Chicago Biomedical Consortium funding renewed for ambitious plans to support Chicago life sciences

With an additional $13.5 million of funding from the Searle Funds at The Chicago Community Trust, the Chicago Biomedical Consortium is entering its third phase of operations. Launched in 2001 by Daniel Searle, the CBC is a unique organization that stimulates and accelerates biomedical discovery and collaboration among the University of Illinois Chicago, the University of Chicago and Northwestern University.

This third and most recent round of funding, provided over the next three years, enables the CBC to continue and expand its mission to:   

  • Develop a robust academic service center that provides faculty and trainees developing therapeutics the critical centralized analytics, the industry validation and the networks of expertise needed for early science commercialization. 
  • Create and maintain a network of expert venture capitalists who are interested in Chicago academic innovation and who will assist CBC member scientists in evaluating projects’ commercial potential.  
  • Work toward an inclusive and equitable Chicagoland life sciences landscape of institutions and industry that reflects the diversity of the city and works for all citizens of Chicago. 
  • Expand collaborations with other universities and organizations to build a “One Chicago” life sciences ecosystem that is a destination for visionary biotech companies and talent. 

Phase 3 will centralize resources to provide academic researchers with the advice, expert networks and funding needed to turn their science into translations. Professors’ ideas are fielded by the CBC and, through deep research, funding recommendations and research plans are developed. The CBC’s goal is to partner with not just the academics but the institutions that are commercializing Chicago’s life sciences.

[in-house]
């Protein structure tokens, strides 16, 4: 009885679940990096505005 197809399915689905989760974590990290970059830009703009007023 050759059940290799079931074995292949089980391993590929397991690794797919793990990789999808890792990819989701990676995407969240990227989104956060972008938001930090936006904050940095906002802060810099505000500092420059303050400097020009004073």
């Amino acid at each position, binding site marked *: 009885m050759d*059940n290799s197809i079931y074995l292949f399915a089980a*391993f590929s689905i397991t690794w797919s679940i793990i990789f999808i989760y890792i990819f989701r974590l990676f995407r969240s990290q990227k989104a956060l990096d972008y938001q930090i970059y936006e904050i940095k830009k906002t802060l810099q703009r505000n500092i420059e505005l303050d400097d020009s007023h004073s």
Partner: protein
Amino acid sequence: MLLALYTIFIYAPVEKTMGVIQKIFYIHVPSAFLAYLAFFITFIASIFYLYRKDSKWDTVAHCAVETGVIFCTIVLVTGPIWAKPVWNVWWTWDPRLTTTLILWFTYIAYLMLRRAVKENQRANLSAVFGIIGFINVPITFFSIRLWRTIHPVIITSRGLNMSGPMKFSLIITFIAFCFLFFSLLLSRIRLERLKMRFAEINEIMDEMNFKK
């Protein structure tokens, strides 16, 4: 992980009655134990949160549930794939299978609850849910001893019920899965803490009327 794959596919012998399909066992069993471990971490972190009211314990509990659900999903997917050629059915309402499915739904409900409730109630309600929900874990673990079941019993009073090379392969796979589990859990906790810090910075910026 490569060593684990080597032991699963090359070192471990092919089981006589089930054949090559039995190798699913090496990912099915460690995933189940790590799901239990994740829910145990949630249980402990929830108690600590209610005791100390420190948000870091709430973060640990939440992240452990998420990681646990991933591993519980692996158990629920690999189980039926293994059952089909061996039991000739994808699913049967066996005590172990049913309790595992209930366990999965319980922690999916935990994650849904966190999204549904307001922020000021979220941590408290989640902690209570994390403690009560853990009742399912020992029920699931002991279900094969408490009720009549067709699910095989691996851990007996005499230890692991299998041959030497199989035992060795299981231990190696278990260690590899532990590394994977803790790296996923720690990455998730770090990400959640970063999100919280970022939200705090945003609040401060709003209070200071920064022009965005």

Joanna Groden, vice chancellor for research at the University of Illinois Chicago, said the CBC is a complement to UIC’s commercialization machinery, which includes services provided by UIC’s Office of Technology Management.

“The CBC’s plan to build a one-stop, full-service bio-entrepreneurial center that works side by side with university commercialization resources is ambitious but necessary,” Groden said. “Advice provided by industry partners and experienced bio-entrepreneurs has proven essential to the success of our faculty-entrepreneurs. These expanded and cooperative activities will assist academic research teams seeking to commercialize biomedical innovations.”  

During Phase 3, CBC programming will expand to provide professors at Chicago’s flagship universities with deep market, technical and clinical analysis, as well as project management, seed funding and introductions to venture capital and networks of expertise critical to the success of any bioventure. 

Since its inception in 2006, the CBC has made 323 awards ($55.1 million total) to researchers at its member universities. These awards provided early commercialization seed funding, which improved investor confidence, approaching $1 billion ($920 million) in outside funding to CBC awardees. In Phase 3, the CBC will continue its funding of high-quality, inter-institutional academic projects, which will be validated through the CBC’s business analysis core — a key component of the academic, entrepreneurial service center. 

More information about CBCs new funding is available online.

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